In addition, the marketing plan was so successful, the Healthcare Public Relations and Marketing Association awarded the hospital its coveted Gold Award for outstanding marketing of a new service in 2012.

Summary

The constituencies for philanthropy, marketing and business development often are similar, if not identical, for most hospitals. It is mandatory in our increasingly complex industry of health care that those responsible for these functions develop a working relationship and agreement to share information, at a minimum. In the event that single-executive management of these functions is not possible, the CEO of the organization must be brought into the loop and made a full partner in the process of coordination and alignment of these critical externally-focused functions. By working together, philanthropy, marketing and business development can propel the organization toward higher goals than if each department works in isolation.

NEWS  /08/26/16
The following article is based on an AHP webinar presented May 25, 2016, by Leah Eustace, CFRE, ACFRE, chair of the AFP Foundation for Philanthropy Canada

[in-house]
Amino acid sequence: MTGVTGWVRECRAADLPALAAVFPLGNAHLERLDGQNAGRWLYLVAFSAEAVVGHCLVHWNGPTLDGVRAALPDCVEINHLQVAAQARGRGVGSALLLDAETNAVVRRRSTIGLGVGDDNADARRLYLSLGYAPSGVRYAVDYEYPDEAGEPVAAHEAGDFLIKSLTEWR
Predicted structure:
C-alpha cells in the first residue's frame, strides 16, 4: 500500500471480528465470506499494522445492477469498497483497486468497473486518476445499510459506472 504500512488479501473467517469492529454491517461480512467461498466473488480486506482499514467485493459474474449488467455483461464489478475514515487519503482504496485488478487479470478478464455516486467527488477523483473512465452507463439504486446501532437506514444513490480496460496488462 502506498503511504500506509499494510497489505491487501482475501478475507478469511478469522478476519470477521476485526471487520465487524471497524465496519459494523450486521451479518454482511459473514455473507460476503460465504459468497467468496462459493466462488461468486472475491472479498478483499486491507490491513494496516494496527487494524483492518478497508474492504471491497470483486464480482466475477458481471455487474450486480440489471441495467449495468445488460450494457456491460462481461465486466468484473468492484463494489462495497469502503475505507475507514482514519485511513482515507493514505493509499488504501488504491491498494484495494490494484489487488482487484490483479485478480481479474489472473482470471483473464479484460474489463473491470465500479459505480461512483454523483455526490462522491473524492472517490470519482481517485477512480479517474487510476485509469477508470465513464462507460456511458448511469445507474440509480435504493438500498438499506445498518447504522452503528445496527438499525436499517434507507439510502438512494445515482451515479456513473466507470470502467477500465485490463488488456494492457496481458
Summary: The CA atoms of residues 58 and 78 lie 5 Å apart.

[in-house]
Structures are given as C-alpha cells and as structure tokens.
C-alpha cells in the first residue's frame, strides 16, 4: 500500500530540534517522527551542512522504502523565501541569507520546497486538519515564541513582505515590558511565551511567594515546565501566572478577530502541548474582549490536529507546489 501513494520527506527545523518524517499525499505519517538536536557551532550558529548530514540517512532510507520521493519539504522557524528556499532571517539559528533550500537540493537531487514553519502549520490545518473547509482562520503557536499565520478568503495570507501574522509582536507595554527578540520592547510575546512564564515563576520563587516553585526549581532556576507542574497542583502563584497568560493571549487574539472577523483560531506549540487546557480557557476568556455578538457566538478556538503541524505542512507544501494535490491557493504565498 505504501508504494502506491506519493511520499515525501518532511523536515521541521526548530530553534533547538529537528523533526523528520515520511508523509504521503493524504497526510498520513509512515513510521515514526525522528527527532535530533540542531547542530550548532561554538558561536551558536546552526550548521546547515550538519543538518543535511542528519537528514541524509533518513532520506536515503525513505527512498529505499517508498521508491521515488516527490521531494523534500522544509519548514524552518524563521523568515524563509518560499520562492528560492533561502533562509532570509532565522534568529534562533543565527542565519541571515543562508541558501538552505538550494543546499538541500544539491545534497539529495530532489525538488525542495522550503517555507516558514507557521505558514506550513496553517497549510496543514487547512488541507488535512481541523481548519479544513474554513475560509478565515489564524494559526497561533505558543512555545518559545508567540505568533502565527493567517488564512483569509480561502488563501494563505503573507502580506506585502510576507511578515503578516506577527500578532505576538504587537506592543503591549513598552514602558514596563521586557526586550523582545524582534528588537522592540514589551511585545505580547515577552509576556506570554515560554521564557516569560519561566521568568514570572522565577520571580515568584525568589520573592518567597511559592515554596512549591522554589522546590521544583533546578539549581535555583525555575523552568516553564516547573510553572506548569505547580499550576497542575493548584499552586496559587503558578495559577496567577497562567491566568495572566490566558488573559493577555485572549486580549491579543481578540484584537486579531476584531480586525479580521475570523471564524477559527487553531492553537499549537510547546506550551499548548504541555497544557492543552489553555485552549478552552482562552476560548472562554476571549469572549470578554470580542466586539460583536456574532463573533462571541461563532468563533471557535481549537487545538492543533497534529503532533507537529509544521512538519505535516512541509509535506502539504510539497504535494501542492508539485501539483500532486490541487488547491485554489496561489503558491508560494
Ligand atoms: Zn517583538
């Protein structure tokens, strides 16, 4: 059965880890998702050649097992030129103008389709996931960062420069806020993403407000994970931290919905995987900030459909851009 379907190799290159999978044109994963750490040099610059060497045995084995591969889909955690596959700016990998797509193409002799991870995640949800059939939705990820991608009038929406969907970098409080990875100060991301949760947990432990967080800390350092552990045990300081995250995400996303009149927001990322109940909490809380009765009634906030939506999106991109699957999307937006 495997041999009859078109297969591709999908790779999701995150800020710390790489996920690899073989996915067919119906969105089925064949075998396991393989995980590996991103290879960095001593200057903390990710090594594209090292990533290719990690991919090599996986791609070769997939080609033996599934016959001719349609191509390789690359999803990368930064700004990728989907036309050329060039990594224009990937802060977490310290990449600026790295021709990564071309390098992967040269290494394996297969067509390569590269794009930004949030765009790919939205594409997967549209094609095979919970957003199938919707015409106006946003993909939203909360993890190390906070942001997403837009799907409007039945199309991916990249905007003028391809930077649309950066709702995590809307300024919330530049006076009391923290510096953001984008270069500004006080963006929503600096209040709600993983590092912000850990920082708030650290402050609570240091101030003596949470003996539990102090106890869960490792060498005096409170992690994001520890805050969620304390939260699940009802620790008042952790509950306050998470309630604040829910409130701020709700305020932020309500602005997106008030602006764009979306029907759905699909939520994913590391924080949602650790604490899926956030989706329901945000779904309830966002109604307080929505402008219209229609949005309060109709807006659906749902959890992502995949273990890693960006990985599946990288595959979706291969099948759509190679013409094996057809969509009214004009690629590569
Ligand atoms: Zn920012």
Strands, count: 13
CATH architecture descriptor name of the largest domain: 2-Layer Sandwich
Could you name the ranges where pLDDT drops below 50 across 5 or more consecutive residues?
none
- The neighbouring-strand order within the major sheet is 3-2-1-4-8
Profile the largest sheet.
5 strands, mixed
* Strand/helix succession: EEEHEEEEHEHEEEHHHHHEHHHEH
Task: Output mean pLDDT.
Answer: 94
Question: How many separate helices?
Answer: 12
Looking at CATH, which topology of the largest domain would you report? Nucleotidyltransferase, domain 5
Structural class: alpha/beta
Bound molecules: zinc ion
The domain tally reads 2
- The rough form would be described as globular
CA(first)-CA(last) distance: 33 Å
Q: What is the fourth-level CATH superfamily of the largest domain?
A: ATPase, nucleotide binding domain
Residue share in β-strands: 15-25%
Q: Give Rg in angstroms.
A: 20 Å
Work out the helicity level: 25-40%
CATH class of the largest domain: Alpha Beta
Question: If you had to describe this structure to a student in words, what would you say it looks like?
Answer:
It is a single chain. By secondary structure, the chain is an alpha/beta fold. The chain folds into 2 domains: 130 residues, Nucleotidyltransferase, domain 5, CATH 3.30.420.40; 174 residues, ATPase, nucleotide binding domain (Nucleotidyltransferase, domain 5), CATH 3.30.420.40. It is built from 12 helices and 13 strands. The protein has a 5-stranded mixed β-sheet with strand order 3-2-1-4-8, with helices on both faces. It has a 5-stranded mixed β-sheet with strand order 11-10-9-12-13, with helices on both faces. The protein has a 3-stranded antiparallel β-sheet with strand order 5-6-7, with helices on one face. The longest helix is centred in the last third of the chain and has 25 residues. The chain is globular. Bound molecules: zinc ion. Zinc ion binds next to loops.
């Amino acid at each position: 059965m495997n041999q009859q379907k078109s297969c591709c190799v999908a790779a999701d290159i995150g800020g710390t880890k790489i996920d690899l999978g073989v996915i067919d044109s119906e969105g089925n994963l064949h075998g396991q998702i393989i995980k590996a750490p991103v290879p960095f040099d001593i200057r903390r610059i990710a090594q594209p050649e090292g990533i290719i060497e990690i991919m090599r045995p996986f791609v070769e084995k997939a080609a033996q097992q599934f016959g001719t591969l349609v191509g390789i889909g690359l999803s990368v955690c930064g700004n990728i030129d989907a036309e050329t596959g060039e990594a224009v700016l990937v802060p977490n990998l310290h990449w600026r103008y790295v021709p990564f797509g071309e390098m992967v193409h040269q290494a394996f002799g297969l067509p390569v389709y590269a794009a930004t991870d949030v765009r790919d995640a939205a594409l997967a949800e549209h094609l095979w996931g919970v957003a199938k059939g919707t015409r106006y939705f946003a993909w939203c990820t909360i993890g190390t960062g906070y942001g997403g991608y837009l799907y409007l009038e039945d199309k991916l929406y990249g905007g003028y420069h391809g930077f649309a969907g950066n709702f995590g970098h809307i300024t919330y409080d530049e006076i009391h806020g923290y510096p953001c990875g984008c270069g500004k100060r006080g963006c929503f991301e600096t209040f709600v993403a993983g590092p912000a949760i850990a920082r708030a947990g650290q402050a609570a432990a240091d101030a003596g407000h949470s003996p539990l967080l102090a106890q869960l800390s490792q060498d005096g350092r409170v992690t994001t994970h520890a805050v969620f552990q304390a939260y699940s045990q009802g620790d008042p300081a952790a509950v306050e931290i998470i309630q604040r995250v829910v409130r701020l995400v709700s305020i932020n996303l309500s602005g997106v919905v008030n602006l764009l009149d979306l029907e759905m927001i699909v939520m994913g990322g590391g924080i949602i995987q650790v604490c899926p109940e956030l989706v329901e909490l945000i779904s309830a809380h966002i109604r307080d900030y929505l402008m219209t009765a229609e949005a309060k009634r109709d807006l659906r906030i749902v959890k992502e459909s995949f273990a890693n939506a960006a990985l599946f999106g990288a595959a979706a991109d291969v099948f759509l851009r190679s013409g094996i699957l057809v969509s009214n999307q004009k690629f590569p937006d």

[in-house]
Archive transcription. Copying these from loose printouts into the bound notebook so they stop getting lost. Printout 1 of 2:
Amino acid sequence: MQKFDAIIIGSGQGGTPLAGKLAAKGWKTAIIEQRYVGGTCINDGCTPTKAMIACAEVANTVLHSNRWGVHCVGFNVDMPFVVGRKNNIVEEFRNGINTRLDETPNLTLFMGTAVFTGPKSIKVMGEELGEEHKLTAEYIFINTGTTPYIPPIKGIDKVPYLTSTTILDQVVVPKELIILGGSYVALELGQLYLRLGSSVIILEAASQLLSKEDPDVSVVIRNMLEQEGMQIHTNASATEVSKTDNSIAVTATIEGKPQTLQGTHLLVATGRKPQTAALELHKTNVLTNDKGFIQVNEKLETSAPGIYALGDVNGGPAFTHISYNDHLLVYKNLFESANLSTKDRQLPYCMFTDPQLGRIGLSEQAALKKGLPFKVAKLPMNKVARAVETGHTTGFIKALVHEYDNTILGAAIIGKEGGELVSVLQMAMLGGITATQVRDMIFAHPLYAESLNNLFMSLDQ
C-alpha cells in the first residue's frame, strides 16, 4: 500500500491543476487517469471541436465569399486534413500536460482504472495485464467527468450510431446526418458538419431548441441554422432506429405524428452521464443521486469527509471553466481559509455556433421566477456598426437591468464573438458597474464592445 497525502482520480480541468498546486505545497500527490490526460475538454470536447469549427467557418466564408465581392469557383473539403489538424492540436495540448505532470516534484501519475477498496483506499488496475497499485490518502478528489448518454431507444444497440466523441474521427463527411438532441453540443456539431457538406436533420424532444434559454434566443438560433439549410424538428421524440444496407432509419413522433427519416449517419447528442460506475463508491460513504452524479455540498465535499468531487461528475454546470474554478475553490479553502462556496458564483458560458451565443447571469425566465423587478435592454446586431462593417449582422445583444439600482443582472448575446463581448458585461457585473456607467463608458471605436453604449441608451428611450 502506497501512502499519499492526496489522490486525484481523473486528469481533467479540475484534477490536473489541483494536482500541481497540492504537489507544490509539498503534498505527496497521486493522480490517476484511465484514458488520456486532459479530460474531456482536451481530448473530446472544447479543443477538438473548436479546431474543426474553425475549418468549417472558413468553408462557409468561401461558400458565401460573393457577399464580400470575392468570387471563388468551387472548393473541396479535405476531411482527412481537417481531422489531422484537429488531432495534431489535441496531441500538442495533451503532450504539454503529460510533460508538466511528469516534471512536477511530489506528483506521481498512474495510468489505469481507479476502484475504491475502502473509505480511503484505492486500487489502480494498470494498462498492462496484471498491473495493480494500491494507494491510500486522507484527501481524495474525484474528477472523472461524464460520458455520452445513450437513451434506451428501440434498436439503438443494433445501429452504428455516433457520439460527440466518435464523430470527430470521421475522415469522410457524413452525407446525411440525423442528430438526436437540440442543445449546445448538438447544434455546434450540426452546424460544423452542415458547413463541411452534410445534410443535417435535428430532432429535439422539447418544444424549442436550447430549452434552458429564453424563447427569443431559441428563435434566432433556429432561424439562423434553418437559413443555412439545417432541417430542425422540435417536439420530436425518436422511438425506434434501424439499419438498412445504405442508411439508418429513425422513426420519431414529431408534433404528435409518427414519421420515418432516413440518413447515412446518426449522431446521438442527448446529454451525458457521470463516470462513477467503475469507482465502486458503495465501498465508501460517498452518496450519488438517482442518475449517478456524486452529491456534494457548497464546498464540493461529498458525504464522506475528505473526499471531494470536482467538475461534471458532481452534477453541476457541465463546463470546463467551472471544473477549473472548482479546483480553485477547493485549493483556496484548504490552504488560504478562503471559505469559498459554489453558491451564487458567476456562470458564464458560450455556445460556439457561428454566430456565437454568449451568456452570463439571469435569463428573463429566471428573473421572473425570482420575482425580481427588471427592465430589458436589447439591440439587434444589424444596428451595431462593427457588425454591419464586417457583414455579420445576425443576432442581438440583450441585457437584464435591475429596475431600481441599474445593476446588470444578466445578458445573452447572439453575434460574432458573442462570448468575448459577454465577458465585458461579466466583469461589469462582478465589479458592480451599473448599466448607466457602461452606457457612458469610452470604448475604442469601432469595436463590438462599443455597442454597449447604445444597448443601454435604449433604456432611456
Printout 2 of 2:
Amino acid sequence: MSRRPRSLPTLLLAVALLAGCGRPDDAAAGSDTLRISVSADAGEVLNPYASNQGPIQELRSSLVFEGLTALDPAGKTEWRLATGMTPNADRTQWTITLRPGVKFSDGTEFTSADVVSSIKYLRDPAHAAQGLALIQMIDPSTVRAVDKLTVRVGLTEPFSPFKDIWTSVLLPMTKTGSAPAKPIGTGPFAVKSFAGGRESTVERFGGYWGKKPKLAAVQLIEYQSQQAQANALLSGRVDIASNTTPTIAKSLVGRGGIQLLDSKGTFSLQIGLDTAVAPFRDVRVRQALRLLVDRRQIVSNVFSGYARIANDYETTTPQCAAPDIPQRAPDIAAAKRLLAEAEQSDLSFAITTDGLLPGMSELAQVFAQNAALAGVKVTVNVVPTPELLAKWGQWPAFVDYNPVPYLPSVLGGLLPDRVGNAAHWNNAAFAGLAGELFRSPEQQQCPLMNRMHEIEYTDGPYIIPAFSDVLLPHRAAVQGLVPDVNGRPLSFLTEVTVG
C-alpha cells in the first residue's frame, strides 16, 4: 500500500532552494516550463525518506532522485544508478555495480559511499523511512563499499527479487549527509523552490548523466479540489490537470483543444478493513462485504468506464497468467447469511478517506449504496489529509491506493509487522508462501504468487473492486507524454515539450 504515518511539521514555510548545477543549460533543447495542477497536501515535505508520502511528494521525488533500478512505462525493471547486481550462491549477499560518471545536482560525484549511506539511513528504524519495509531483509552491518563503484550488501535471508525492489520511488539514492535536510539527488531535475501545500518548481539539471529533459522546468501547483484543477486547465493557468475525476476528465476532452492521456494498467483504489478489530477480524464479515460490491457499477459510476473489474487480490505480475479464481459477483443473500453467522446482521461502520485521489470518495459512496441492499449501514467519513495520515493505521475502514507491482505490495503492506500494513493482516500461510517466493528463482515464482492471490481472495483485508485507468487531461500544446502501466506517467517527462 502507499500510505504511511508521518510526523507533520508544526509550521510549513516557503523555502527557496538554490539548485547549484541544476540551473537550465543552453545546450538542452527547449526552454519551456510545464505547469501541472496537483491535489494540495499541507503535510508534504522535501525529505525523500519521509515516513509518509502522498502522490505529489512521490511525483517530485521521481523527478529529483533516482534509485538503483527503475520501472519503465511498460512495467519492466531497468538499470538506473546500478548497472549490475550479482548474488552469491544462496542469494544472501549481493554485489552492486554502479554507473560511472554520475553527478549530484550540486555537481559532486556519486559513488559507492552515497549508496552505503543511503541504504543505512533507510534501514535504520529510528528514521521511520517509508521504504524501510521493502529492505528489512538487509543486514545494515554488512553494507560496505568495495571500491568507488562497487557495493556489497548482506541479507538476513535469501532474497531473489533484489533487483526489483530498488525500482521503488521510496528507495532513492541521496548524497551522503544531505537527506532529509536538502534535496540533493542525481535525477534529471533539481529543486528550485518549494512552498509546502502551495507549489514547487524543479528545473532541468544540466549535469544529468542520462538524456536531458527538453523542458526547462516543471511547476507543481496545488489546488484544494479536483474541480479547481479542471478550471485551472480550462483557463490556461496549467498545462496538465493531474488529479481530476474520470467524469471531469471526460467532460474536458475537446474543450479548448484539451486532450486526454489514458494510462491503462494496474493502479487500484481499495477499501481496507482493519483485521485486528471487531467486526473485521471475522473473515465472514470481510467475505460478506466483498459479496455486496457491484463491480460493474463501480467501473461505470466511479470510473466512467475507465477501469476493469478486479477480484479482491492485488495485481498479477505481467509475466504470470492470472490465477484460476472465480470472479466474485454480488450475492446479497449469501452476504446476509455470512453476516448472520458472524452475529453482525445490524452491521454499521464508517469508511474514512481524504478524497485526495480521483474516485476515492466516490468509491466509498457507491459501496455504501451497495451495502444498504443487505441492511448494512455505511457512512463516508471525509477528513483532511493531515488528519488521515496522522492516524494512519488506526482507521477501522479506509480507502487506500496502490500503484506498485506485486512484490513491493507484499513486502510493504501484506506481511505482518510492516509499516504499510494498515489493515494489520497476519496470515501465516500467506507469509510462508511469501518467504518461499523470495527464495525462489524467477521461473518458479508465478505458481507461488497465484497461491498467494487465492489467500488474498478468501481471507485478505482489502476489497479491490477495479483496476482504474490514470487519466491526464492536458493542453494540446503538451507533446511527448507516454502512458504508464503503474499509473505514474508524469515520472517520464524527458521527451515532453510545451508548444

NEWS  /04/14/17
This information is taken from the 2016 AHP Annual International Conference session “Showing Relevance to Your Board and C-Suite through Performance Benchmarking
NEWS  /12/05/18
AHP's Report on Giving is essential for adapting to the dynamic nature of philanthropy in health care, but why should we compare our data in the first place and where do we even begin?

Meet The Author

James Dale, vice president of development, Pomona Valley Hospital Medical Center Foundation and Thom Sloan, CFRE, FACHE, director of philanthropy, Scott & White Healthcare Foundation, associate faculty, University of Phoenix